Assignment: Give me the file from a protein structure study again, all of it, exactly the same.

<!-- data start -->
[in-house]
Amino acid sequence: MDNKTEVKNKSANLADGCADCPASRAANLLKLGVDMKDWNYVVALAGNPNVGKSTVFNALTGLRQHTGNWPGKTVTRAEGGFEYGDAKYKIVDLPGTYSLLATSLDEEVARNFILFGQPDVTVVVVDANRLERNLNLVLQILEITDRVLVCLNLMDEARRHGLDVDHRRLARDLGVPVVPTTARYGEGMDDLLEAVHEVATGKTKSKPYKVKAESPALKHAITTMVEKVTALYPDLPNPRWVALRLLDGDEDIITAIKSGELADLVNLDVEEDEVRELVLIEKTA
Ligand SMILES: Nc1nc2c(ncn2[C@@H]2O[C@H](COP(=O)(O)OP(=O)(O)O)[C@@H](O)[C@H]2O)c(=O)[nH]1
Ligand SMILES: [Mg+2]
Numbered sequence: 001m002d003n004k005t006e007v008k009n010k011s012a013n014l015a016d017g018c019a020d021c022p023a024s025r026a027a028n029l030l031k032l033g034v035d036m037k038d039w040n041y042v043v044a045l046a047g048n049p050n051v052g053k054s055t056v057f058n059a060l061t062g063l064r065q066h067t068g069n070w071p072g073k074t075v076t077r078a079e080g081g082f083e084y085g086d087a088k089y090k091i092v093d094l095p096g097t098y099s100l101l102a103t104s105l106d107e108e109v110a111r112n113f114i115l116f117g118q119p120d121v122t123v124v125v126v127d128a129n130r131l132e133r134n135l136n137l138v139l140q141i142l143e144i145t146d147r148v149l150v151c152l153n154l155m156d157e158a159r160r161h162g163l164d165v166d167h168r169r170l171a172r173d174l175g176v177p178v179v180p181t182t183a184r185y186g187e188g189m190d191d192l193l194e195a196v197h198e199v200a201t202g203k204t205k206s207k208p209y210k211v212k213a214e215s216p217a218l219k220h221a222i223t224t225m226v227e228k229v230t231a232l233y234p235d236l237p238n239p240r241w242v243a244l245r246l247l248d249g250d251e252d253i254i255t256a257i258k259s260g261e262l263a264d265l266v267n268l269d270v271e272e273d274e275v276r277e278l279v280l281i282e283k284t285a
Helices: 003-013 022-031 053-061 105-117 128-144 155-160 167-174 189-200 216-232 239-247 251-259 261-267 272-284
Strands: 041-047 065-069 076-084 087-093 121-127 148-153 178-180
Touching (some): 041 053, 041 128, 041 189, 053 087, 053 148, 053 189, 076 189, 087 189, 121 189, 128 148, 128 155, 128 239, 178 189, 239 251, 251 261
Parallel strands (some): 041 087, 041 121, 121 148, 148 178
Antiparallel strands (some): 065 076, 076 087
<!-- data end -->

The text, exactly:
[in-house]
Amino acid sequence: MDNKTEVKNKSANLADGCADCPASRAANLLKLGVDMKDWNYVVALAGNPNVGKSTVFNALTGLRQHTGNWPGKTVTRAEGGFEYGDAKYKIVDLPGTYSLLATSLDEEVARNFILFGQPDVTVVVVDANRLERNLNLVLQILEITDRVLVCLNLMDEARRHGLDVDHRRLARDLGVPVVPTTARYGEGMDDLLEAVHEVATGKTKSKPYKVKAESPALKHAITTMVEKVTALYPDLPNPRWVALRLLDGDEDIITAIKSGELADLVNLDVEEDEVRELVLIEKTA
Ligand SMILES: Nc1nc2c(ncn2[C@@H]2O[C@H](COP(=O)(O)OP(=O)(O)O)[C@@H](O)[C@H]2O)c(=O)[nH]1
Ligand SMILES: [Mg+2]
Numbered sequence: 001m002d003n004k005t006e007v008k009n010k011s012a013n014l015a016d017g018c019a020d021c022p023a024s025r026a027a028n029l030l031k032l033g034v035d036m037k038d039w040n041y042v043v044a045l046a047g048n049p050n051v052g053k054s055t056v057f058n059a060l061t062g063l064r065q066h067t068g069n070w071p072g073k074t075v076t077r078a079e080g081g082f083e084y085g086d087a088k089y090k091i092v093d094l095p096g097t098y099s100l101l102a103t104s105l106d107e108e109v110a111r112n113f114i115l116f117g118q119p120d121v122t123v124v125v126v127d128a129n130r131l132e133r134n135l136n137l138v139l140q141i142l143e144i145t146d147r148v149l150v151c152l153n154l155m156d157e158a159r160r161h162g163l164d165v166d167h168r169r170l171a172r173d174l175g176v177p178v179v180p181t182t183a184r185y186g187e188g189m190d191d192l193l194e195a196v197h198e199v200a201t202g203k204t205k206s207k208p209y210k211v212k213a214e215s216p217a218l219k220h221a222i223t224t225m226v227e228k229v230t231a232l233y234p235d236l237p238n239p240r241w242v243a244l245r246l247l248d249g250d251e252d253i254i255t256a257i258k259s260g261e262l263a264d265l266v267n268l269d270v271e272e273d274e275v276r277e278l279v280l281i282e283k284t285a
Helices: 003-013 022-031 053-061 105-117 128-144 155-160 167-174 189-200 216-232 239-247 251-259 261-267 272-284
Strands: 041-047 065-069 076-084 087-093 121-127 148-153 178-180
Touching (some): 041 053, 041 128, 041 189, 053 087, 053 148, 053 189, 076 189, 087 189, 121 189, 128 148, 128 155, 128 239, 178 189, 239 251, 251 261
Parallel strands (some): 041 087, 041 121, 121 148, 148 178
Antiparallel strands (some): 065 076, 076 087